Stand in front of the platform with a sandbag at your feet. Bend over and pick up the sandbag and put it on the platform. Pause momentarily. Pick it up again and put it back on the ground. Repeat until 50 reps are completed. Make an effort to do it in minimal time. Record the time needed to complete the set every workout, and shoot for a personal best every workout. The first time you do it, you will be quite tempted to cough up a lung. No matter how painful it is, shoot for a record time. Of course, you will probably have to pause longer between reps as the set is nearing its end. Only stop the sets when 50 reps are completed.
For this part of the cycle, back up four feet further away than the previous workout. Stand facing the platform with the sandbag on your right side, on the ground. Turn around, face the bag and bend over and pick it up. Lift the bag and place it on the left side of the chosen platform. Being further away will force you to have to lunge towards the platform.
Pause momentarily. Pick it up again and put it back on the ground on its original resting spot. This will bring a diagonal and rotary component to the drill. Repeat until 25 reps are completed for the right side. Then start over and do 25 reps with the bag being on the left side in the starting position. Again, make an effort to do it in minimal time. Record the time needed to complete the set, every workout, and shoot for a personal best each workout.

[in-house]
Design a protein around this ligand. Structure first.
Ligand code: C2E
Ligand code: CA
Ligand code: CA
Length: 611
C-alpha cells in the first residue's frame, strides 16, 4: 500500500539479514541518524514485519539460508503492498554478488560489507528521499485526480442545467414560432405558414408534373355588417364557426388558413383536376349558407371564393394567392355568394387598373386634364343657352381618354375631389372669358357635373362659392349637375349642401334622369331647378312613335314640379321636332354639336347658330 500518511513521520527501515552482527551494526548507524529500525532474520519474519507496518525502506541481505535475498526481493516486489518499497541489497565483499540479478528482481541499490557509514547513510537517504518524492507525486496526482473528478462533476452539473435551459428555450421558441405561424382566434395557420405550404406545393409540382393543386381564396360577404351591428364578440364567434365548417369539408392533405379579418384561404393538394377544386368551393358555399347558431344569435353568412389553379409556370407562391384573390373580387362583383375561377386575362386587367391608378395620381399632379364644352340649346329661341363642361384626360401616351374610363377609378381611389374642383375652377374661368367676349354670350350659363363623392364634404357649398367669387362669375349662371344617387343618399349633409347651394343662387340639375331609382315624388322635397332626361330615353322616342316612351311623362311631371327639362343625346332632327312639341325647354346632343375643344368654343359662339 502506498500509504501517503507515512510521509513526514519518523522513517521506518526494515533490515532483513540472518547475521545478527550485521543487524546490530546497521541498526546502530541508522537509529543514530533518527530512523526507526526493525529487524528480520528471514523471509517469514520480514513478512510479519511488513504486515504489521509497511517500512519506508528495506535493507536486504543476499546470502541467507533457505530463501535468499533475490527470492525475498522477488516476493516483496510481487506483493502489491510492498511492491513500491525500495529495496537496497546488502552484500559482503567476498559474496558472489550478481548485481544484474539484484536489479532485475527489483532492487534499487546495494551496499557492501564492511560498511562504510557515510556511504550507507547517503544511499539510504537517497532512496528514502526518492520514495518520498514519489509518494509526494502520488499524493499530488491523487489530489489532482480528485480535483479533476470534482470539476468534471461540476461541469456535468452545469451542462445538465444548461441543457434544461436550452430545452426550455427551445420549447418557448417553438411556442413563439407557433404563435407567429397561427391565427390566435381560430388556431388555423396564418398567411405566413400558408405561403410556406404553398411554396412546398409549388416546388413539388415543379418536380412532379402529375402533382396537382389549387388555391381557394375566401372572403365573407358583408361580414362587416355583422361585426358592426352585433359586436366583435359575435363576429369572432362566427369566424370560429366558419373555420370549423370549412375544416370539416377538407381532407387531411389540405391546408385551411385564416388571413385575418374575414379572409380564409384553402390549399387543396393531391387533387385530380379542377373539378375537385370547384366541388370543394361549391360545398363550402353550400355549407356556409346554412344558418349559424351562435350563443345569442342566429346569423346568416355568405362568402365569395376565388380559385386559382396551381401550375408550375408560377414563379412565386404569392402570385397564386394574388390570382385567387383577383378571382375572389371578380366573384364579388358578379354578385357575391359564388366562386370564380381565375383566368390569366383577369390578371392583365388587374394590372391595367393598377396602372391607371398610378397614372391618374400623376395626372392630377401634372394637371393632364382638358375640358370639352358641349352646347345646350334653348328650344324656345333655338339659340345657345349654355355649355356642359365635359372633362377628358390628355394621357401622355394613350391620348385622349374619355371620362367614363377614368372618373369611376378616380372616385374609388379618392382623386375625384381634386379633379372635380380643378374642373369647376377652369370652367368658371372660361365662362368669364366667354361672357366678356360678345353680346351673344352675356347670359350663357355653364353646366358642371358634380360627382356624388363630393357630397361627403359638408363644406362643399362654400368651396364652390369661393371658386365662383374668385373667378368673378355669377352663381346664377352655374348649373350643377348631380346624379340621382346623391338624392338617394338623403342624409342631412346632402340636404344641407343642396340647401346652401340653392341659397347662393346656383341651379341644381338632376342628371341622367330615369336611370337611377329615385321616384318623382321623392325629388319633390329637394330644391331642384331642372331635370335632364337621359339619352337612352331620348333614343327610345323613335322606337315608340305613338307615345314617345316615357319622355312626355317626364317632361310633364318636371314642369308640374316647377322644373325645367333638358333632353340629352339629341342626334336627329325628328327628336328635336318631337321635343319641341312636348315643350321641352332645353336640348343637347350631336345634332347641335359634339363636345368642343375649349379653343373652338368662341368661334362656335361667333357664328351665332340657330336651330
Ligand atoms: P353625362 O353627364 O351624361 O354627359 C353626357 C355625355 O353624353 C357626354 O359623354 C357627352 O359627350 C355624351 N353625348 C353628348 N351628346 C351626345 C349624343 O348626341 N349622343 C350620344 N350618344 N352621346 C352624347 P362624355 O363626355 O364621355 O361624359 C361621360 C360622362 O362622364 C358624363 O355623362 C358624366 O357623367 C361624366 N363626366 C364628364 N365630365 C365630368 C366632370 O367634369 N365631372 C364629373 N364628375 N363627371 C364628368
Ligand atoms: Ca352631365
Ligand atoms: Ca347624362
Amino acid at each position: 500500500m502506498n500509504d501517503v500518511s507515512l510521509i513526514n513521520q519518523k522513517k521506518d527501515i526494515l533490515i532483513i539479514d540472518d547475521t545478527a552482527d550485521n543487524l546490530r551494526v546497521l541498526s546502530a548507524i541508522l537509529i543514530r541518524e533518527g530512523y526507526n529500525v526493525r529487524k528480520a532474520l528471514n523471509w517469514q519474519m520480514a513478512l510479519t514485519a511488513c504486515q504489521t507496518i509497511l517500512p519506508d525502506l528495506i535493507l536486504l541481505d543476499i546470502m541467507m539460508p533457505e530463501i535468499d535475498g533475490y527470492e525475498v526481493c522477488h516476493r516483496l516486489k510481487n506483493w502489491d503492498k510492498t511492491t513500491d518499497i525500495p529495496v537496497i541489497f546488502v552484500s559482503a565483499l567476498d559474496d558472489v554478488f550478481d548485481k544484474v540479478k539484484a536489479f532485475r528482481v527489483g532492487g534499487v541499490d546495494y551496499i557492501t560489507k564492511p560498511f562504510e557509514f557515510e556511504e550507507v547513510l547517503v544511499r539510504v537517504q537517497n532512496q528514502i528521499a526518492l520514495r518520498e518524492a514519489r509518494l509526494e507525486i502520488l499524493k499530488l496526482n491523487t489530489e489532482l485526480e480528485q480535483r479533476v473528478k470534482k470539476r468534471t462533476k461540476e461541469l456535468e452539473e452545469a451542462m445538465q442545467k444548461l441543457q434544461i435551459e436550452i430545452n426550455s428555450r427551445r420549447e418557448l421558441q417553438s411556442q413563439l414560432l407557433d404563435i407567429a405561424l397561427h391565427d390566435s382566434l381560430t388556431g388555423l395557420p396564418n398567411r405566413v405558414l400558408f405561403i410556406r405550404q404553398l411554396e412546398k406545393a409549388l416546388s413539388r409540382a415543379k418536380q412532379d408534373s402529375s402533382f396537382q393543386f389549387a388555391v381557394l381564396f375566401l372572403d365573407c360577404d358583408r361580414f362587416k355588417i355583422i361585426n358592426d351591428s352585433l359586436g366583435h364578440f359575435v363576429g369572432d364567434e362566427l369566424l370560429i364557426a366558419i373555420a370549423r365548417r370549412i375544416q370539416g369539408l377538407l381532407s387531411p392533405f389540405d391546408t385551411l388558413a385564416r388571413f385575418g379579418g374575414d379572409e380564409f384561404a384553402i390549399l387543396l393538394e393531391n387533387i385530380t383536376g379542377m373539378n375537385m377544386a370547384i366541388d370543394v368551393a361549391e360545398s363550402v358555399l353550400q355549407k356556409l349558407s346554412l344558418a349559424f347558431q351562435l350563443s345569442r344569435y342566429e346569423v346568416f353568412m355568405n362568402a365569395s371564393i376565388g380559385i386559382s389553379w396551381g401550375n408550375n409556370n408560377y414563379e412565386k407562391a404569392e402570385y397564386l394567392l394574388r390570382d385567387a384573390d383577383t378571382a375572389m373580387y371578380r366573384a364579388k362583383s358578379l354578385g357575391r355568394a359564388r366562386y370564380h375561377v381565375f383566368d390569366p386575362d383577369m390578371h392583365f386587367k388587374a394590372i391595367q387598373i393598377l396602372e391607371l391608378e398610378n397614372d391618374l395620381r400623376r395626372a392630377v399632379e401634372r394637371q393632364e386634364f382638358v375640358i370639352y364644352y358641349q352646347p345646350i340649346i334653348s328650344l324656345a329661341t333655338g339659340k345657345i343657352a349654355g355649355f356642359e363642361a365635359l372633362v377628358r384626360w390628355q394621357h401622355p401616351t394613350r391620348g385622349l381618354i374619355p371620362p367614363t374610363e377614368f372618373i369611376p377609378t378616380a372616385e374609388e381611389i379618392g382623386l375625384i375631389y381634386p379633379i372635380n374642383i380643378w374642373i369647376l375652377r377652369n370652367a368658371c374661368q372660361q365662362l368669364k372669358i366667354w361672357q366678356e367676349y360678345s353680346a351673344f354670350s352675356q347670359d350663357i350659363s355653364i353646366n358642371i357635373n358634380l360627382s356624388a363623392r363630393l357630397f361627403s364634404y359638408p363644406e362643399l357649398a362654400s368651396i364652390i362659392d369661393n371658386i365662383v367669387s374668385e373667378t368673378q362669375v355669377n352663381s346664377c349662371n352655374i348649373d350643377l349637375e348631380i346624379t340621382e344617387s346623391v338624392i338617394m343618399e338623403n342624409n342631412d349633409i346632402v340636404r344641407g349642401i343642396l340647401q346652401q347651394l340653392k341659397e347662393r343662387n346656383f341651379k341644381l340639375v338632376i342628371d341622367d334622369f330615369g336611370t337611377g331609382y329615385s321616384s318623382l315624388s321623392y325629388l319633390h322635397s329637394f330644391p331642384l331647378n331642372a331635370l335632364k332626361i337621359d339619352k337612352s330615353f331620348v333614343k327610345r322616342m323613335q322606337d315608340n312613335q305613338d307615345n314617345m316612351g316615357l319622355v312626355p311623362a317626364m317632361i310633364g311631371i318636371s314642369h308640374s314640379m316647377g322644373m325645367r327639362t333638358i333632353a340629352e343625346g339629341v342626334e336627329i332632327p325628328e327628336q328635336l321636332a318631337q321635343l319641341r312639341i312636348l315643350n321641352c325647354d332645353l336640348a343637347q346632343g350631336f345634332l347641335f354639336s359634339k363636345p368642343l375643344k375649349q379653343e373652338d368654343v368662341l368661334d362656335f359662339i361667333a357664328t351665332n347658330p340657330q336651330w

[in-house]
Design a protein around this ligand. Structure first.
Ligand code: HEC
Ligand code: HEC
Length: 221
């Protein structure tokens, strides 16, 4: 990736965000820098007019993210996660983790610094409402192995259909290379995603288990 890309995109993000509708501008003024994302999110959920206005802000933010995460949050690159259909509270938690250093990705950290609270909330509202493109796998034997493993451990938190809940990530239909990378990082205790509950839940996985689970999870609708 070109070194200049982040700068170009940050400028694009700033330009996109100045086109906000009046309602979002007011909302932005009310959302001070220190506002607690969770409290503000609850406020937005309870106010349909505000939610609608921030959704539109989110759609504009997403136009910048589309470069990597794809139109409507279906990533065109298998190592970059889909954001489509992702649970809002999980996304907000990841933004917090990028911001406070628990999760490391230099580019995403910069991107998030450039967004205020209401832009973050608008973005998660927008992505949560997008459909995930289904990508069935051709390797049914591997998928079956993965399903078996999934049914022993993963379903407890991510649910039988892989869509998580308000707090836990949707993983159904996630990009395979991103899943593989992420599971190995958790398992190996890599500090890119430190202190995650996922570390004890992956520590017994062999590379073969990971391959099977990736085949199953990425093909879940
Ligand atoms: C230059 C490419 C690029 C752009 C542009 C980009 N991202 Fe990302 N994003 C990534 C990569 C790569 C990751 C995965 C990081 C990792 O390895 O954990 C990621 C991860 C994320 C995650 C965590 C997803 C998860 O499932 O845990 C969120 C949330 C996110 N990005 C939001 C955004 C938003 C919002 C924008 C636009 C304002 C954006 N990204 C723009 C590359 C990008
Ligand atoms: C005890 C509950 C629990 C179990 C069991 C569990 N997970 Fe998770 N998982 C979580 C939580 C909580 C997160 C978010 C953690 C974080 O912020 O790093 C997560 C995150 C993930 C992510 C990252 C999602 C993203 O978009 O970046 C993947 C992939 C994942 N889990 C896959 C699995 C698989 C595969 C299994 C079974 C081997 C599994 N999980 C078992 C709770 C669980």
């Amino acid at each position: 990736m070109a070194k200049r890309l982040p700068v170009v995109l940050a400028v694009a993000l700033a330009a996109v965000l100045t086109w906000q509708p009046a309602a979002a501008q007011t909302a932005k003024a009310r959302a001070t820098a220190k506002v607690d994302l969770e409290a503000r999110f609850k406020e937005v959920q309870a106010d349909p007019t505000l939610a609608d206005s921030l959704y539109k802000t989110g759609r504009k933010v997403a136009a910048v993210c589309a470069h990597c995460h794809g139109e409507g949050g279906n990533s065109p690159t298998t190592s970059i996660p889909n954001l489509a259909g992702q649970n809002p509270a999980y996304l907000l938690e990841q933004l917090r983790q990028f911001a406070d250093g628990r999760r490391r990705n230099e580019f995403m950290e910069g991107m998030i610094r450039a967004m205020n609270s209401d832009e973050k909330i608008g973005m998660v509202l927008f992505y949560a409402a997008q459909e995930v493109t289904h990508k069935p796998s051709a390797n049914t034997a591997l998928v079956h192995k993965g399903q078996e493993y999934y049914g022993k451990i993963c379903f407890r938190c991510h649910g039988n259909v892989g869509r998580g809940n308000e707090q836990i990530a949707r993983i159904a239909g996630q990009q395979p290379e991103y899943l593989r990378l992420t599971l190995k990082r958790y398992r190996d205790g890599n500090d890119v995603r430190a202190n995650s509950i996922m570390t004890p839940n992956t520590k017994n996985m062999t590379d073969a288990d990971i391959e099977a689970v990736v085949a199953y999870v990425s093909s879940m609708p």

Stand facing the platform on which a plastic glass filled with water is placed on the middle of it. Stand with the sandbag on your right side. Turn around face the bag and bend over and pick up the sandbag. Now you are going to lift the bag up and over the plastic glass of water, continuing the motion, deposit the bag on your left hand side (the left side of the platform). Pause momentarily and reverse the process. Do 25 reps going in each direction. Once again, make an effort to do it in minimal time. Record the time needed to complete the set every workout, and shoot for a personal best every workout.
After these twelve workouts you can be sure that your endurance will have reached appreciable new heights and you will be sporting a pair of forearms that would make Popeye envious. Another added benefit is that all the trunk muscles involved in throws and takedowns will receive an appreciable overload that will transfer directly to improved performance on your dojo mat.
Thanks Ryno! My bad on the rep count. Hopefully everyone tried it,ha ha. I imagine 100 reps would make for a very sore lower back. 50 seems a little more workable.
I actually did that workout when I was a sandbag/bwe freak and it didn't do much. Same with Steve Maxwell's "15 grueling minutes".
Great stuff guys... I have a few grip training exercsises up on my site... www.agatsu.com, feel free to add others. Iam trying to make the site a real resource of info.